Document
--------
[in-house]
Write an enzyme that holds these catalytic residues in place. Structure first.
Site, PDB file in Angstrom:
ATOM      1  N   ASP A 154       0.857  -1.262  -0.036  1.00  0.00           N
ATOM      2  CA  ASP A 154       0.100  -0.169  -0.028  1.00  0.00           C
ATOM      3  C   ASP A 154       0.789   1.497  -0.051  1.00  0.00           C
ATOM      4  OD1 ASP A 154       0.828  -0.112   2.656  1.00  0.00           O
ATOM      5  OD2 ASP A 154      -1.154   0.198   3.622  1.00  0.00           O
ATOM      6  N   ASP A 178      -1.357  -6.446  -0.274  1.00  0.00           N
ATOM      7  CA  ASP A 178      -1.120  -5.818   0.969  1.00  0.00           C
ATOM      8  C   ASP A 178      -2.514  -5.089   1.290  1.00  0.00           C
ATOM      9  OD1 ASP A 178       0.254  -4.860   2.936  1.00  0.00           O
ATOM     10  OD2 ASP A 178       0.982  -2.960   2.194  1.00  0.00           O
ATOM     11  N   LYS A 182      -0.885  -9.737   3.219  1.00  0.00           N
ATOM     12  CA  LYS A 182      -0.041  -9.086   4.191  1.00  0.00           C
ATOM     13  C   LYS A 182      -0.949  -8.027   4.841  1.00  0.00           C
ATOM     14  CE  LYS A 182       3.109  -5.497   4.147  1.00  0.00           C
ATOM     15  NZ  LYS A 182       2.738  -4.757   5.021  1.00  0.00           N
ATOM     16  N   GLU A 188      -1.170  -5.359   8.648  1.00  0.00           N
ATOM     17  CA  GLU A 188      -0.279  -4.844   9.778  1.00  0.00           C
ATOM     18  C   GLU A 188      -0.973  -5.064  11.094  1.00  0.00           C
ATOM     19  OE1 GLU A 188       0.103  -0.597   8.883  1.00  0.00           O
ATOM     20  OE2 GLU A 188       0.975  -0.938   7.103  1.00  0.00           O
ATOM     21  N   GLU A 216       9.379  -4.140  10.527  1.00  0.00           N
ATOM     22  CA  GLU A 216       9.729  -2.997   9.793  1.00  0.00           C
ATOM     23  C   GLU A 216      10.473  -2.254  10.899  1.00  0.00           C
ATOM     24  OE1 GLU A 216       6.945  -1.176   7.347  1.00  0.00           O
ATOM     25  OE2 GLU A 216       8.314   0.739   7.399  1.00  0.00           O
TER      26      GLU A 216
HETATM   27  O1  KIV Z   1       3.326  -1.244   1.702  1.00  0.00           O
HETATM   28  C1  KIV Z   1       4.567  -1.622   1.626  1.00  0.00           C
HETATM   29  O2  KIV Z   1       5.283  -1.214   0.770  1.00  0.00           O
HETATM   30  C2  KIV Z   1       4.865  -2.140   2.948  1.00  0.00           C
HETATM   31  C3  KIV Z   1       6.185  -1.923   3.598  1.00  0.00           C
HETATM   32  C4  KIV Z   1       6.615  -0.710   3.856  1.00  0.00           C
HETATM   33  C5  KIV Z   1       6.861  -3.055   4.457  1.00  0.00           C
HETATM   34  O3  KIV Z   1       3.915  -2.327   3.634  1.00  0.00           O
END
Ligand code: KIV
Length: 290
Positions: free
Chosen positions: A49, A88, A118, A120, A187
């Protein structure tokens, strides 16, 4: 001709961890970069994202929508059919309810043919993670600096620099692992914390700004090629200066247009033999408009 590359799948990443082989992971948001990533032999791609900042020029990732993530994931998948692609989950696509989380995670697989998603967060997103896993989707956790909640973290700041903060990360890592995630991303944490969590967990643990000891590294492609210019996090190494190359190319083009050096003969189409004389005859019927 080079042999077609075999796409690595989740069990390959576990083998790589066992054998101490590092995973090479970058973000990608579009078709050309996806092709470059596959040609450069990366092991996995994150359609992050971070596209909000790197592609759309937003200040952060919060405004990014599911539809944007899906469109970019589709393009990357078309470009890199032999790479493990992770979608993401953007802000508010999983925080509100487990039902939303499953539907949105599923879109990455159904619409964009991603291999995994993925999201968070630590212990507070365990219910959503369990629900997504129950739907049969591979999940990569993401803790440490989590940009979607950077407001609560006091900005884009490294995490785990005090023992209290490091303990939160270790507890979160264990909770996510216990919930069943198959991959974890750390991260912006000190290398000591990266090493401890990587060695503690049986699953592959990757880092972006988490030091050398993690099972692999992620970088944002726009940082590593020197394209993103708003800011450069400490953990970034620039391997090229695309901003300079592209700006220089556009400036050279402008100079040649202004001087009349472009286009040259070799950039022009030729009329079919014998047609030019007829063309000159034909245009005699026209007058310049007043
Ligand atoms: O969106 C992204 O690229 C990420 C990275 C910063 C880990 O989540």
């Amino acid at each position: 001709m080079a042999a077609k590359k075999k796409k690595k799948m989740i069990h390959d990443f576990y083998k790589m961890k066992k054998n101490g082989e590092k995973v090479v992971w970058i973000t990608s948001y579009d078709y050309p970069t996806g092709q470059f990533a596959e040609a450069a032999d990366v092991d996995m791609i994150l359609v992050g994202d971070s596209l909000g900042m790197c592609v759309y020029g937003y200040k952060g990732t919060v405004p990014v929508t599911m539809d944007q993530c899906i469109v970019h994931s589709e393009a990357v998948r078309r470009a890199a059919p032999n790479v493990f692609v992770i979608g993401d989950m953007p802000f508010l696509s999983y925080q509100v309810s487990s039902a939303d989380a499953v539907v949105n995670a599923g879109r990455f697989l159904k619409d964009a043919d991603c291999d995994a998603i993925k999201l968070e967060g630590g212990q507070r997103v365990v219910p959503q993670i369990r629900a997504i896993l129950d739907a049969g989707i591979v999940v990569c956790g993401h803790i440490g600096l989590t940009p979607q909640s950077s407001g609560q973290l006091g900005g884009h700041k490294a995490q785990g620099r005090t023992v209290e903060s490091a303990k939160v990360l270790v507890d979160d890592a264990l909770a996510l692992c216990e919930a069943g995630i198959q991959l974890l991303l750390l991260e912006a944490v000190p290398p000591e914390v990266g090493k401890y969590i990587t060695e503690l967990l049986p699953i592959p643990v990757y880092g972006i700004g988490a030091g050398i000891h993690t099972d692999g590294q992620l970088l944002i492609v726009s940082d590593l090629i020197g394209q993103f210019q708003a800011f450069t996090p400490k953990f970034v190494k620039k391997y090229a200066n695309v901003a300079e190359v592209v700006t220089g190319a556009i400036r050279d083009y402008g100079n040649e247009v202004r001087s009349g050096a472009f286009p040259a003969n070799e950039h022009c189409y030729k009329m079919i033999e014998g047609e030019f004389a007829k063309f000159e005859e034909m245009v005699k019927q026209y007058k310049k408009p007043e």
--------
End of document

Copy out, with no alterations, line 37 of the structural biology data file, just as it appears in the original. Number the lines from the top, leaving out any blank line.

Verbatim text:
HETATM   34  O3  KIV Z   1       3.915  -2.327   3.634  1.00  0.00           O